Tooth Whitening - The Importance of Regular Dental Checkup

Posted by mayasumi hara on February 27th, 2020

The way our teeth look is of great importance to many people. About a third of us think that our smile is not white enough to be called an attractive smile. Although an attractive smile may be perceived by some as not a big issue, studies have confirmed that a whiter smile plays an important role in perceived self-esteem and success.

These are the following ways in which teeth can be made to appear whiter in order of increasing cost and time:

  • Removal of surface stain by the dentist;
  • Tooth whitening techniques, which will be discussed throughout this page; and
  • Dental restorations that are designed to correct colour and shape of teeth i.e. crowns and veneers.

History of Bleaching / Whitening

Bleaching has been around since the late 1800’s, and it is since this time that dentists have been experimenting with ways to change the shape of teeth, and whiten teeth. The success of these early trials was limited.

The following have been used as bleaching agents for our teeth:

  • chlorinated lime
  • oxalic acid
  • chlorine compounds and solutions
  • sodium peroxide
  • sodium hypochlorite
  • Mixtures consisting of 25% hydrogen peroxide in 75% ether (pyrozone).

One of the most accepted whitening treatments was proposed in 1961, which was only able to be used on teeth that have a root canal treatment. Putting sodium perborate with water into the tooth and then putting a temporary filling over it was described as the “walking bleach technique.”  Nowadays, dentists usually use the modified ‘walking bleach technique’ using a combination of 30% hydrogen peroxide and sodium perborate. Sodium perborate, hydrogen peroxide, and carbamide peroxide are the most used whitening agents today.

Power bleaching, involves the dentist bleaching the outside of the tooth in their clinic these are the same methods use in teeth whitening brisbane. It often involves hydrogen peroxide. This process was modified in 1991 when conventional curing lights were used to help the bleaching process.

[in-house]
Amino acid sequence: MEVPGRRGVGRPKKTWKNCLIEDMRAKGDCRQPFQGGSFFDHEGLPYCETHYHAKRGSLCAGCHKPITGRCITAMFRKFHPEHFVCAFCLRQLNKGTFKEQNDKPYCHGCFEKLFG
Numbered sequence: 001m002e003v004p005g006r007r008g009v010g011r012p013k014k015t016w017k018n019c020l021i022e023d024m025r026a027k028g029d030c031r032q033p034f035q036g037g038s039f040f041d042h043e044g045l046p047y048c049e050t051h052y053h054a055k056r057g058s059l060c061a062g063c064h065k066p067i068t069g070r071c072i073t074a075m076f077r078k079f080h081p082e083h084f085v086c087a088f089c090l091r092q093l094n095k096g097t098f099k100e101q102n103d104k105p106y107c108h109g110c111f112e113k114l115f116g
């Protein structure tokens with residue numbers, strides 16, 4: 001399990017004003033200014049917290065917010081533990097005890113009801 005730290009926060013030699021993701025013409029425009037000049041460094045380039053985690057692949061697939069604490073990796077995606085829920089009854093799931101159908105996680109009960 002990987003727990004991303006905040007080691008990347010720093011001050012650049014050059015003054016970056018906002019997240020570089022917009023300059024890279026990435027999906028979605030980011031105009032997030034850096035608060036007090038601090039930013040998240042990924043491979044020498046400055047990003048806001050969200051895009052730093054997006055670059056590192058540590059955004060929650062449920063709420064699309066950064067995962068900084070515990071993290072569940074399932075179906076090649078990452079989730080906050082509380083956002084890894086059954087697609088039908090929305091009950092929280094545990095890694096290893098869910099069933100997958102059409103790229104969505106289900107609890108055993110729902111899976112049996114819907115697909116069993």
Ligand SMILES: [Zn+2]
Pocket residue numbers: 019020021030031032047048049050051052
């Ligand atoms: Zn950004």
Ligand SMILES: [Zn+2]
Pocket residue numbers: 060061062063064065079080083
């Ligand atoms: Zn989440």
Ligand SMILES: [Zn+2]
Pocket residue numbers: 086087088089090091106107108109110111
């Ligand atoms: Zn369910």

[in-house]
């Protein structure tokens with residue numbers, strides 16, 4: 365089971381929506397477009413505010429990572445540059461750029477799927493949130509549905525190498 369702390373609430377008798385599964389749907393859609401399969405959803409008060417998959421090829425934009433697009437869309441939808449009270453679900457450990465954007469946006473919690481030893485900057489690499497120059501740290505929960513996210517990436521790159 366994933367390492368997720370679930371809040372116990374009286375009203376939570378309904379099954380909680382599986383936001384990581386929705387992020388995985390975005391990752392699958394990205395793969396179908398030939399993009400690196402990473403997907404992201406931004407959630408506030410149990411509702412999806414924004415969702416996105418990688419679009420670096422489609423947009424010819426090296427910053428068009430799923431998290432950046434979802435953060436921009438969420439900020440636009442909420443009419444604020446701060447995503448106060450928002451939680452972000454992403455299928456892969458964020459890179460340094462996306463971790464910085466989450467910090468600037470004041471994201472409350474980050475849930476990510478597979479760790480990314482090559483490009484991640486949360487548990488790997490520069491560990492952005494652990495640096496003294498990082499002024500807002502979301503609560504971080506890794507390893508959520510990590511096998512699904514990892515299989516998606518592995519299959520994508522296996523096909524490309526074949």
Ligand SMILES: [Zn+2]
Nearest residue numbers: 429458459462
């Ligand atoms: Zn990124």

A further modification to the light system was when the argon laser was brought out, to once again aid bleaching.

Light sources are not essential to bleaching in dentistry but they do assist with the whitening process.

Teeth become discoloured

The dentist must work out exactly what was the cause of the staining or discolouration so that the appropriate choice of treatment is completed.

Tooth colour is determined by the colour of the dentine, enamel and any stains that may be on the tooth. A combination of these colours forms the overall colour of the tooth.

Dietary causes of discolouration

Tooth discolourationLarge intake or use of any of the following can lead to discoloured teeth:

  • chocolate
  • tobacco
  • mouthrinses
  • wine
  • coffee
  • tea
  • carrots
  • oranges
  • liquorice

Discolouration that we cannot control

Certain causes of discolouration are beyond our control such as:

  • drug-related (tetracycline);
  • the way the tooth forms: dystrophic calcification, fluorosis; and
  • genetic: congenital erythropoietic porphyria, amelogenesis imperfecta, and dentinogenesis imperfecta.

Other causes related to problems or conditions inside the tooth include:

  • death of the nerve
  • root canal treated teeth
  • fillings
  • resorption of teeth; and
  • Increase in the thickness of the dentine.


The Process of Teeth Whitening

They do not know exactly how bleaching works. Basically, bleaching is a decolourisation or whitening process that can occur in any solution or surface.

Interview says Dentist North Brisbane often use hydrogen peroxide  and carbamide peroxide as our bleaching agents, and these work by diffusing through the enamel, and then applying their effect on the underlying dentine. This is one of their best service offered. Their Teeth whitening process is top notch.